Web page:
Nintendo's greatest skill will always be game design. Whatever else you might think about Nintendo games, their design is often exquisite, relying on elegant visual and gameplay cues and your natural curiosity to guide you rather than tutorial prompts and objective markers.
People who've grown up with Nintendo are fluent in the language of this design, but it's still intelligible to those who haven't - hence Nintendo's enduring popularity with families.
Another of its great skills, though - and this is something that's especially evident in the company's latest spate of Wii U games, which includes Kirby and the Rainbow Paintbrush, Yoshi's Woolly World and Captain Toad's Treasure Tracker - is the art of cute. Nintendo's studios are masters of the art of cute. I spent the weekend with Yoshi's Woolly World and it is so cute it makes me emit involuntary noises. It is cuter than a basket of kittens with bows on. It is sweet enough to make your teeth hurt. I can hardly bear it.
This handmade aesthetic begun with Good-Feel's Kirby's Epic Yarn in 2010 and evidently proved popular at the company, because both Kirby and the Rainbow Paintbrush and Yoshi's Woolly World took the style and ran with it. Worlds and creatures made out of clay or wool have the double advantage of being adorable and original. It has the same heartwarming, creativity-nurturing effect as LittleBigPlanet, which almost certainly inspired it. Kirby and the Rainbow Paintbrush is cute in the same way, whereas things like Animal Crossing dip a toe into the Spongebob universe of weird-cute, and Mario goes with a shiny, colourful, touchable toy-like aesthetic.
Then there are things like Game Freak's Pokemon series, which borrows from anime style for its appealing characters and critters, and Captain Toad's Treasure Tracker, which has the cutest animation I've ever seen. Wind Waker's brand of cute, meanwhile, has just a touch of menace to it, in the Moblins' crazy eyes and lolling jaws. It feels like Nintendo has gone weapons-grade adorable lately; Yoshi's Woolly World features not one, not three, but tens of little knitted Yoshis in different cute little patterns. When they're all walking around together chirruping at each other it's almost nauseating. Even the recent ADVERTS are lethally cute.
There were a good few years where Nintendo had almost no competition in the realm of cute - the Gamecube era, where almost everyone else making video games was obsessed with the race towards realism (and the veil of "maturity" that grimdark settings and brown-and-grey colour palettes provided), and Sega had sadly thrown in the towel after the Dreamcast sunk. Most of the Japanese games industry slowly followed in its tracks over the next decade or so, taking a lot of cute with it. Those were depressing times. To quote the incomparable UK Resistance from back in 2005, "Games need BLUE SKIES! Games need BRIGHT YELLOW SUNS! Games need RED AND BLUE THINGS in them! We want to play in a HAPPY PRETEND LAND, not a shit version of an American slum full of mixed-race gangsters wearing licensed sportswear!"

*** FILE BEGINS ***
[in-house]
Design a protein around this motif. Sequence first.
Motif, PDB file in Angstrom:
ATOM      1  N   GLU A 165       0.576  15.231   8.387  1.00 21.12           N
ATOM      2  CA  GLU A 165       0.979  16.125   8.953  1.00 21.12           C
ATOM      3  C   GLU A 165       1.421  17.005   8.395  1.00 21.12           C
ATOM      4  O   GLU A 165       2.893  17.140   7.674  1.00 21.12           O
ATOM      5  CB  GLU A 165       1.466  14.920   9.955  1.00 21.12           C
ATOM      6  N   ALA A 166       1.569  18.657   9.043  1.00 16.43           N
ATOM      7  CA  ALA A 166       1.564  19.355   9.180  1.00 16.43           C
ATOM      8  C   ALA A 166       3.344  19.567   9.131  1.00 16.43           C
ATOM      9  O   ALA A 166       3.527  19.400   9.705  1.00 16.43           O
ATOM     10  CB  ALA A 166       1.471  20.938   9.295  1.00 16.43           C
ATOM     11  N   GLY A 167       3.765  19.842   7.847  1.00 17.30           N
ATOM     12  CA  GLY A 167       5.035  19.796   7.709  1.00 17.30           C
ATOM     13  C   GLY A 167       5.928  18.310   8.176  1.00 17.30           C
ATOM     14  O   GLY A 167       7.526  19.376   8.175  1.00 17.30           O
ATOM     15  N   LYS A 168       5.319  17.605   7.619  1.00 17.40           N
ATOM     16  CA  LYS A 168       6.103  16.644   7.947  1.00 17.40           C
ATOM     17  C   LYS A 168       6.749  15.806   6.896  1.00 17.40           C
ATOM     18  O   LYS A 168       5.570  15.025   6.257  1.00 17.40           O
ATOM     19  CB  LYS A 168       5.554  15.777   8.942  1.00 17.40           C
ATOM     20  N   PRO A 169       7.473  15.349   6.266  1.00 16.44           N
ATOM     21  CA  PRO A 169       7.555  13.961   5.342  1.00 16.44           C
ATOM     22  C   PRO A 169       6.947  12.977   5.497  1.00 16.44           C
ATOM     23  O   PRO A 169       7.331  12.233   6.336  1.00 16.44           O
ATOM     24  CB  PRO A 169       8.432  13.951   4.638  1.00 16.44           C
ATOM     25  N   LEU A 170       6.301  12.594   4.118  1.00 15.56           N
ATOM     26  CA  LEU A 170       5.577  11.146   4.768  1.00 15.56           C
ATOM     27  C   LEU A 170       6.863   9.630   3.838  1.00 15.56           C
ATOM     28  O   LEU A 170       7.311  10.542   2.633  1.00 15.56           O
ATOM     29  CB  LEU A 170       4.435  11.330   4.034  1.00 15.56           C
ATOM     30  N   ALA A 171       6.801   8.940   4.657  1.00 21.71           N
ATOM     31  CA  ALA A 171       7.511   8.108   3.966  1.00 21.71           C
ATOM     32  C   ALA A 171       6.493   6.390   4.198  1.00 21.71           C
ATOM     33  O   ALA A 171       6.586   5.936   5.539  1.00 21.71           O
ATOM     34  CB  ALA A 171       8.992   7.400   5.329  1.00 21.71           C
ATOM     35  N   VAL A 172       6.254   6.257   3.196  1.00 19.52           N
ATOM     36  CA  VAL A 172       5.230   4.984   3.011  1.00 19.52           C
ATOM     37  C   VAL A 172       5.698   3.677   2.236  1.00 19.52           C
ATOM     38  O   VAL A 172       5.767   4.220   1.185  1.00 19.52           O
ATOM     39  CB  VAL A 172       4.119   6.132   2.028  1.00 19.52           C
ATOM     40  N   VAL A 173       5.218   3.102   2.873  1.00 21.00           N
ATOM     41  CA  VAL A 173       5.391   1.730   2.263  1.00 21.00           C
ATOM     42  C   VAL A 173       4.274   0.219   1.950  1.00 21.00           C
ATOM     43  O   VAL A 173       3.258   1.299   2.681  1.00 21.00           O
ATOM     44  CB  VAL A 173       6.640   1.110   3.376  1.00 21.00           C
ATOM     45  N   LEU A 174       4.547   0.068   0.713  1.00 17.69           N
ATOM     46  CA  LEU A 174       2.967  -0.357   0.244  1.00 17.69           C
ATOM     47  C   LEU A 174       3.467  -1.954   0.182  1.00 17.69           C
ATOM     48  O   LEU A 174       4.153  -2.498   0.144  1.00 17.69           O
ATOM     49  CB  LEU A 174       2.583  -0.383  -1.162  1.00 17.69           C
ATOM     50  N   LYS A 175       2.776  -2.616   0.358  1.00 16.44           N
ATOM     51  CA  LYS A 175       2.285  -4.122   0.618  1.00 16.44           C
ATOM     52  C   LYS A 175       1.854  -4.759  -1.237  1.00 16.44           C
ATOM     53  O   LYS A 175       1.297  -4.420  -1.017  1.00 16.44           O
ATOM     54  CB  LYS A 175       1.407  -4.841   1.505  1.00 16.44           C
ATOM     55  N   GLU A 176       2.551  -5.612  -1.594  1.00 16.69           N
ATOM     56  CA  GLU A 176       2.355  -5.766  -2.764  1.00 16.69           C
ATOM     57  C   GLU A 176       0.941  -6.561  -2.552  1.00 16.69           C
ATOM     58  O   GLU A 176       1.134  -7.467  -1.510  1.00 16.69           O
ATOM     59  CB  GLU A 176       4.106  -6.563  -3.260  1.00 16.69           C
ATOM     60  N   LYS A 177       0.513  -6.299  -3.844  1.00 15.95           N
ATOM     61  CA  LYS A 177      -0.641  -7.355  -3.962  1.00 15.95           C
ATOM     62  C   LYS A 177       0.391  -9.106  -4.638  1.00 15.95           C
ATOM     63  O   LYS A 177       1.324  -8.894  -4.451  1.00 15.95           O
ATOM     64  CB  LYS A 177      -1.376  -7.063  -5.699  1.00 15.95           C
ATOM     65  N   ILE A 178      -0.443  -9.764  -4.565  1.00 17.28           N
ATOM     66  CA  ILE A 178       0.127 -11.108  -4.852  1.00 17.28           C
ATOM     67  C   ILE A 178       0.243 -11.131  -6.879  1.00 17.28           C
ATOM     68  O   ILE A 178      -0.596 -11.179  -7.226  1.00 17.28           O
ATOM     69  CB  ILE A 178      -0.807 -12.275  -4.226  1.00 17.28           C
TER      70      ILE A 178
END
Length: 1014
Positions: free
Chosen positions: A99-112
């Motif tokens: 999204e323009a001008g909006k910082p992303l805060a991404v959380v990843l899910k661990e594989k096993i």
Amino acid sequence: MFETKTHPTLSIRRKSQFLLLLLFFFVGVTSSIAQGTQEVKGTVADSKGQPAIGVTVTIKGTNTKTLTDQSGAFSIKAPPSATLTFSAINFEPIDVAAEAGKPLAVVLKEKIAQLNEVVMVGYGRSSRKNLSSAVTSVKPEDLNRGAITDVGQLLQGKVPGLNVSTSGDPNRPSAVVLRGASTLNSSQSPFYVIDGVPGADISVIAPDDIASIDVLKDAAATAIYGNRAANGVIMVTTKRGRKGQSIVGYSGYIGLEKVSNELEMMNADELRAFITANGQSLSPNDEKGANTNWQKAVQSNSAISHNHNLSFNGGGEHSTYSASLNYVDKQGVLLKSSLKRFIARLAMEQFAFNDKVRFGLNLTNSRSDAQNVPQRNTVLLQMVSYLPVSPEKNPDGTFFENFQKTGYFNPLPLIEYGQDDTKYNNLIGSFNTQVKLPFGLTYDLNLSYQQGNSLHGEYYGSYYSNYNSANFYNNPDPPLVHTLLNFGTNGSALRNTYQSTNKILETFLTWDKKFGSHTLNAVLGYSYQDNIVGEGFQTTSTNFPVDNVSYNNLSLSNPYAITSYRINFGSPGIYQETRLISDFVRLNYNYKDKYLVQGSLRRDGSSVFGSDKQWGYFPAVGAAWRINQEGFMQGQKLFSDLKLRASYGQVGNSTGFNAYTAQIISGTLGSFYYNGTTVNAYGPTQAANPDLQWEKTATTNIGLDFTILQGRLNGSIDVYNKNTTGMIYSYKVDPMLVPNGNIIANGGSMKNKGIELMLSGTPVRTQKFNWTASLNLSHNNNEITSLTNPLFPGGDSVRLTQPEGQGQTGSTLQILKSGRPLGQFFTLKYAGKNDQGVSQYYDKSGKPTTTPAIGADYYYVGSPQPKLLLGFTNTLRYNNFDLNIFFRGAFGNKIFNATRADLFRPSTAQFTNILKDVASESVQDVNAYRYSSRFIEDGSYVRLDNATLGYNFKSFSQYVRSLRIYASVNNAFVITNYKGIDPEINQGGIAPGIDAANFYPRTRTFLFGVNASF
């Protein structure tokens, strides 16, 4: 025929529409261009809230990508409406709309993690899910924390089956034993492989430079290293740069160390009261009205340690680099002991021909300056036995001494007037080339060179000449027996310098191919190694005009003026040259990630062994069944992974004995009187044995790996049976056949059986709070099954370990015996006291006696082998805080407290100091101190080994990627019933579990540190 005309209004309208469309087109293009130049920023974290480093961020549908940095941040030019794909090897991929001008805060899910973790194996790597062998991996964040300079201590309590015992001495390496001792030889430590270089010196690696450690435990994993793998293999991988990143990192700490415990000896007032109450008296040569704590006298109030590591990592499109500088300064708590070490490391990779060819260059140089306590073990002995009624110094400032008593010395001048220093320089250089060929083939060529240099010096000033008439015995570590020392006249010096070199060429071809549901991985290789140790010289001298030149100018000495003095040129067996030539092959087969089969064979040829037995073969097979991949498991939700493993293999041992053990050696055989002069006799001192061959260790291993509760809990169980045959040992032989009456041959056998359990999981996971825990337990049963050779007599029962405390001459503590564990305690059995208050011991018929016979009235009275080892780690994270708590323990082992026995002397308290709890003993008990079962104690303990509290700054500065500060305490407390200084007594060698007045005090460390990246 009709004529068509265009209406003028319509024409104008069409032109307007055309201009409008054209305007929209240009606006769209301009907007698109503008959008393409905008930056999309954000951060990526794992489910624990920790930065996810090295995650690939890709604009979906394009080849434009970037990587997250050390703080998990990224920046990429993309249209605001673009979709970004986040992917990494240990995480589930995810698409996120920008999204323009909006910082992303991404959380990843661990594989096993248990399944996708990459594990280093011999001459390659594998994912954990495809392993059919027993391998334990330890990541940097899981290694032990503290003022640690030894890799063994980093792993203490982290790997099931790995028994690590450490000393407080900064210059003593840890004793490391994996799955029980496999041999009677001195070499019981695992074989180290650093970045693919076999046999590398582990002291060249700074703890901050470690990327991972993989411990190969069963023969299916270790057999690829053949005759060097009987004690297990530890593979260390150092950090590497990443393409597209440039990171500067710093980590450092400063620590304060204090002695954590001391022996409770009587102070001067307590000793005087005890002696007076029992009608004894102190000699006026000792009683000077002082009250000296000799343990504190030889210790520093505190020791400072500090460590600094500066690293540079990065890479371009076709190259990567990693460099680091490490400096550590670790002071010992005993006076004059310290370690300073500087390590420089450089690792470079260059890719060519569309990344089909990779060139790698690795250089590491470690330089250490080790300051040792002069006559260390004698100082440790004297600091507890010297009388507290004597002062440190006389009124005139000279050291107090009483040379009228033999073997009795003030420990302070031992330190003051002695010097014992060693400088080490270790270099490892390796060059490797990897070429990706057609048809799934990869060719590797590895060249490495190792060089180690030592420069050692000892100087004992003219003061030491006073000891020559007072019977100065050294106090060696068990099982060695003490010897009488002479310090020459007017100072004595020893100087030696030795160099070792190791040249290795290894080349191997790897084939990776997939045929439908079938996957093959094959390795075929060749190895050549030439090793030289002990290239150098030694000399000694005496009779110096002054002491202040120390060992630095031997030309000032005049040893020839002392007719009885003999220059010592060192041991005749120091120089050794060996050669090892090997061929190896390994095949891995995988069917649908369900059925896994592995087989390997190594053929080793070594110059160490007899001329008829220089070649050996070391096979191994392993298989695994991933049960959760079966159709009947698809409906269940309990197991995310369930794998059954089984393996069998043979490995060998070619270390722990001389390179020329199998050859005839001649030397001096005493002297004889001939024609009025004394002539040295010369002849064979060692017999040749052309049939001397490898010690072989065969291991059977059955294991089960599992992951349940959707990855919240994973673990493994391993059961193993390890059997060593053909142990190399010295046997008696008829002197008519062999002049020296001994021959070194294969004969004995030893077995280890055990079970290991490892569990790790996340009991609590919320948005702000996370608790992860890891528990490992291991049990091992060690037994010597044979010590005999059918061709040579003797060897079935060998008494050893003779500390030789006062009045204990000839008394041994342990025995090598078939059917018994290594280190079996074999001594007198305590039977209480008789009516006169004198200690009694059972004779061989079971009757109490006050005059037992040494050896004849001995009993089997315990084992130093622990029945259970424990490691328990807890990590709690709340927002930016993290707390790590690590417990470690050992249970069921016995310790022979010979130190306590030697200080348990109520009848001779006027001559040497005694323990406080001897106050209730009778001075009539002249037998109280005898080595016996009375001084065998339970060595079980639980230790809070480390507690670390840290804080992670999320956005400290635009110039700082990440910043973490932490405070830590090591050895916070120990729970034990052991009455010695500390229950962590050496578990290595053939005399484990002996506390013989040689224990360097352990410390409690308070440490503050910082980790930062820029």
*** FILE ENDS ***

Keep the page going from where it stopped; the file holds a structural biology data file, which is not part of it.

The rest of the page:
Thankfully there's since been a renaissance in cute, driven partly by the explosion of indie and mobile games with wonderfully varied artistic direction. There seem to be about 12 newly-released platform/adventure style games on the first few pages of the Steam store at any one time, most of them modelled after the blue-sky cuteness of the games of our youth. Shovel Knight and Broken Age are both creatively cute. None of us can stop playing this ridiculously adorable mobile game called Neko Atsume.
On the bigger-budget side, Media Molecule is flying the flag for cuteness in the UK with Tearaway and, previously, the LittleBigPlanet series. There's this chibi re-interpretation of Monster Hunter on the horizon. Sony's mega-cute Japanese mascot Toro had his own (Japanese) daily show on Playstation for a good three years, from 2006 to 2009; it is a great tragedy that it didn't survive the PS3 era.
I still think that there is nobody as good at Nintendo at making cute video games, and certainly nobody is devoting the same resources to making games that make you squee. But it has a lot more competition now than it did for a while. I hope that carries on, and that those grey days of the mid '00s never return.
This post originally appeared on Kotaku UK, bringing you original reporting, game culture and humour from the British isles.